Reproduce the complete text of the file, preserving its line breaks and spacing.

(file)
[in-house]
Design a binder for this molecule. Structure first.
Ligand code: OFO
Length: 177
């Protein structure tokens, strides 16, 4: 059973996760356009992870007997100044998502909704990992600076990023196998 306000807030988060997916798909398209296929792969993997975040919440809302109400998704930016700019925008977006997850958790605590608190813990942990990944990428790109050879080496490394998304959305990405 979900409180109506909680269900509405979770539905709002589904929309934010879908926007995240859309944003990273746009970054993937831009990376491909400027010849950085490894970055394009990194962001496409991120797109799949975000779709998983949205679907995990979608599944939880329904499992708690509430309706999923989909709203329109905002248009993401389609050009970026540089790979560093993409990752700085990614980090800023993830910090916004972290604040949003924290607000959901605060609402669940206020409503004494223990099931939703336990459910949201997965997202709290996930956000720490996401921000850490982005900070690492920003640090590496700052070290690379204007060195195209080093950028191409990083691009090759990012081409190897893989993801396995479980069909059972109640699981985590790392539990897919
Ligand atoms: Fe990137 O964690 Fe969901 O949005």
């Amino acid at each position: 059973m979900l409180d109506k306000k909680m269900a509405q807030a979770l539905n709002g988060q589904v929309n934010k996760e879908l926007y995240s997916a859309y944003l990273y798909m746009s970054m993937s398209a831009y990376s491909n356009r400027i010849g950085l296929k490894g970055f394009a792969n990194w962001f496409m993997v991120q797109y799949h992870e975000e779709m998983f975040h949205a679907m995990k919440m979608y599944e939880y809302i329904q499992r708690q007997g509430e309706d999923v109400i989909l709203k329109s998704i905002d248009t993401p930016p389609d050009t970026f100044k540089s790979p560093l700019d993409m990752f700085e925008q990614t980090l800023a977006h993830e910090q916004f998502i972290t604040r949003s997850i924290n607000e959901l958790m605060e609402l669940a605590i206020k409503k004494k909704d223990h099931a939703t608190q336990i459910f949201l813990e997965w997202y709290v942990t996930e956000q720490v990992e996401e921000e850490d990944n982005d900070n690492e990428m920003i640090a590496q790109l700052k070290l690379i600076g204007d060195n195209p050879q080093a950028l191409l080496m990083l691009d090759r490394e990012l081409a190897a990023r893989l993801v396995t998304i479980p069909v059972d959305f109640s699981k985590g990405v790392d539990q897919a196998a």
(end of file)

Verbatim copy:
[in-house]
Design a binder for this molecule. Structure first.
Ligand code: OFO
Length: 177
């Protein structure tokens, strides 16, 4: 059973996760356009992870007997100044998502909704990992600076990023196998 306000807030988060997916798909398209296929792969993997975040919440809302109400998704930016700019925008977006997850958790605590608190813990942990990944990428790109050879080496490394998304959305990405 979900409180109506909680269900509405979770539905709002589904929309934010879908926007995240859309944003990273746009970054993937831009990376491909400027010849950085490894970055394009990194962001496409991120797109799949975000779709998983949205679907995990979608599944939880329904499992708690509430309706999923989909709203329109905002248009993401389609050009970026540089790979560093993409990752700085990614980090800023993830910090916004972290604040949003924290607000959901605060609402669940206020409503004494223990099931939703336990459910949201997965997202709290996930956000720490996401921000850490982005900070690492920003640090590496700052070290690379204007060195195209080093950028191409990083691009090759990012081409190897893989993801396995479980069909059972109640699981985590790392539990897919
Ligand atoms: Fe990137 O964690 Fe969901 O949005």
């Amino acid at each position: 059973m979900l409180d109506k306000k909680m269900a509405q807030a979770l539905n709002g988060q589904v929309n934010k996760e879908l926007y995240s997916a859309y944003l990273y798909m746009s970054m993937s398209a831009y990376s491909n356009r400027i010849g950085l296929k490894g970055f394009a792969n990194w962001f496409m993997v991120q797109y799949h992870e975000e779709m998983f975040h949205a679907m995990k919440m979608y599944e939880y809302i329904q499992r708690q007997g509430e309706d999923v109400i989909l709203k329109s998704i905002d248009t993401p930016p389609d050009t970026f100044k540089s790979p560093l700019d993409m990752f700085e925008q990614t980090l800023a977006h993830e910090q916004f998502i972290t604040r949003s997850i924290n607000e959901l958790m605060e609402l669940a605590i206020k409503k004494k909704d223990h099931a939703t608190q336990i459910f949201l813990e997965w997202y709290v942990t996930e956000q720490v990992e996401e921000e850490d990944n982005d900070n690492e990428m920003i640090a590496q790109l700052k070290l690379i600076g204007d060195n195209p050879q080093a950028l191409l080496m990083l691009d090759r490394e990012l081409a190897a990023r893989l993801v396995t998304i479980p069909v059972d959305f109640s699981k985590g990405v790392d539990q897919a196998a």